Impact of long-term occupation-related experience on speech perception in noise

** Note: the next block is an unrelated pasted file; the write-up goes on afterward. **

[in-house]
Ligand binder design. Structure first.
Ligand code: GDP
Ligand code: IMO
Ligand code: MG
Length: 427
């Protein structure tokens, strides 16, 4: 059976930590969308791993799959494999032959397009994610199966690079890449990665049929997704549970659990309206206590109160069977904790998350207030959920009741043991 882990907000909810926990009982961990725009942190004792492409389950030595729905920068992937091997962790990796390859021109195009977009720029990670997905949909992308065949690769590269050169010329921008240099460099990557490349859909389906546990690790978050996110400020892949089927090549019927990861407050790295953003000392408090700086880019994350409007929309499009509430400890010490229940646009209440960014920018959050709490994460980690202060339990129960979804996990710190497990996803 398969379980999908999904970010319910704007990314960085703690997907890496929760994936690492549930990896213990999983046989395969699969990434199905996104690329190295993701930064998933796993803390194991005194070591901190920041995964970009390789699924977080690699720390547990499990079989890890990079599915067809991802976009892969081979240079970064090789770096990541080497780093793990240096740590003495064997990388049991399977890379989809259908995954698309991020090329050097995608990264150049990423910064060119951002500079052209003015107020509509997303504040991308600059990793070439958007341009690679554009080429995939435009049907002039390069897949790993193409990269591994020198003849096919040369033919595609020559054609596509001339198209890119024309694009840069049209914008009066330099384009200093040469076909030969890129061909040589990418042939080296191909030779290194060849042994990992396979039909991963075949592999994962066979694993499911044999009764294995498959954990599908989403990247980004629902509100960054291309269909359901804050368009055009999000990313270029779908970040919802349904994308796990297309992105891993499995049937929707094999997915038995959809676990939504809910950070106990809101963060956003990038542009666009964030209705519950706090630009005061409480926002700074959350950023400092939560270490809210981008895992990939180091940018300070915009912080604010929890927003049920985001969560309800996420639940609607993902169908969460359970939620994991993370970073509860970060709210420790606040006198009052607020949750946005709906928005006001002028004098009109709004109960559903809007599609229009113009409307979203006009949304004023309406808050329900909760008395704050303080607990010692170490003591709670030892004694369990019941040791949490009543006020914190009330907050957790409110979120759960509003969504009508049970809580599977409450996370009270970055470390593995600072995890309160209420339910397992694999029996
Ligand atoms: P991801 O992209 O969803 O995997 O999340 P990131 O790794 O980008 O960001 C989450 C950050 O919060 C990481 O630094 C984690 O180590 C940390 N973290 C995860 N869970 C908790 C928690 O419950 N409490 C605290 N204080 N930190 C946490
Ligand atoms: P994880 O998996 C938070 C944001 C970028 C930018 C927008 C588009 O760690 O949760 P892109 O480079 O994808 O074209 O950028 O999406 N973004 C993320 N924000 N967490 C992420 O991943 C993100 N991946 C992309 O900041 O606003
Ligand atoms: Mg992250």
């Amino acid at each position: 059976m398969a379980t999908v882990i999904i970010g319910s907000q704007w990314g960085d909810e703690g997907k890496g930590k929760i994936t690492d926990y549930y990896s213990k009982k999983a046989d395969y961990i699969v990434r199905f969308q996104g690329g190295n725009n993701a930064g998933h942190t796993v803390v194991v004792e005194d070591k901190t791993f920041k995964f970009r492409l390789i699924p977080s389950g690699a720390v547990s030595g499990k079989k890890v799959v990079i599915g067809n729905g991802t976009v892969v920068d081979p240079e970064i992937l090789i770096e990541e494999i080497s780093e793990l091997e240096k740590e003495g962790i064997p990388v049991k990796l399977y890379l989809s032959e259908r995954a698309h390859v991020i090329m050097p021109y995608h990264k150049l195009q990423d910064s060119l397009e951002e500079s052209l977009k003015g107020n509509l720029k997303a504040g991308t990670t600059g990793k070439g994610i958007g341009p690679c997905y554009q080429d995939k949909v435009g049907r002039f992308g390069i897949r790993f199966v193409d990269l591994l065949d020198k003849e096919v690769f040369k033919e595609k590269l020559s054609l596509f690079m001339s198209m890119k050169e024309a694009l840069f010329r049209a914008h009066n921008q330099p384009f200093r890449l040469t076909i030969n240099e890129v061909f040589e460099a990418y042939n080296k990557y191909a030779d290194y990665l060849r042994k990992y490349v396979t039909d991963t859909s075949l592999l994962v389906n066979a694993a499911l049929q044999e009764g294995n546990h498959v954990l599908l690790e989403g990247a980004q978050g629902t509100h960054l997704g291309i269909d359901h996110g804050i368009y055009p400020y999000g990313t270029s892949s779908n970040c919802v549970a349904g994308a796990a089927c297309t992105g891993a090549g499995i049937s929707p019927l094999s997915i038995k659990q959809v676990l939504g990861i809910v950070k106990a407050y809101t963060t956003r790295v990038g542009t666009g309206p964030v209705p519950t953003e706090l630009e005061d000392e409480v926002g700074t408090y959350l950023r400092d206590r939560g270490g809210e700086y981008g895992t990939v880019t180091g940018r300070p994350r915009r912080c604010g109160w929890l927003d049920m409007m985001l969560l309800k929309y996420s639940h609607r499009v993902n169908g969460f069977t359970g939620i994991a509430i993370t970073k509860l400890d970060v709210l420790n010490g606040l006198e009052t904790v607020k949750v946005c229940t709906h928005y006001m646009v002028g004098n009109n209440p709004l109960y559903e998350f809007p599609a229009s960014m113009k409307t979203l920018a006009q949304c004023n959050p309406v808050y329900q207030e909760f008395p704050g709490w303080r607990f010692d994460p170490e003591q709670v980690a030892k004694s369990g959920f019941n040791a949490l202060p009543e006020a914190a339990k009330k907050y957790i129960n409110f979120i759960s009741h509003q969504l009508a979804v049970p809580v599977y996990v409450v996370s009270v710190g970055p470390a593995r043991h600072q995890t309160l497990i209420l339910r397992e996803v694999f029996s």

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Noise exposure can be deleterious to auditory function; experiences can enhance auditory function. What happens when these parameters coincide? In this study, we assessed speech perception in noise (SPIN) in bartenders, who are occupationally exposed to excessive environmental noise. To be successful at their job, bartenders need to be high functioning in noisy environments, and may adapt to the demands of SPIN. We assessed the extent to which auditory expertise could compensate for the deleterious effects of noise exposure. For this, we studied individuals with and without bartending experience. We divided the bartenders (BT) into two groups based on the number of years of bartending experience. The bartenders with less than 7 years of bartending experience were classified as Low BT Group and the remaining were classified as High BT Group. All participants were administered tasks to evaluate their SPIN and cognitive performance. We also measured their subjective and objective auditory function. Our results showed that High BT Group outperformed low BT Group in SPIN and cognitive tasks, but their performance was comparable to the controls in both sets of tasks. Based on the results we concluded that long-term auditory experience compensated for the impact of cumulative noise exposure on SPIN performance. Also, auditory expertise was associated with better cognitive function in the high BT Group. The results confirmed that enriched auditory experience involving high cognitive demand leads to better SPIN. However, this compensation, secondary to auditory expertise, was not strong enough to help the High BT Group to perform significantly better than participants with no BT experience.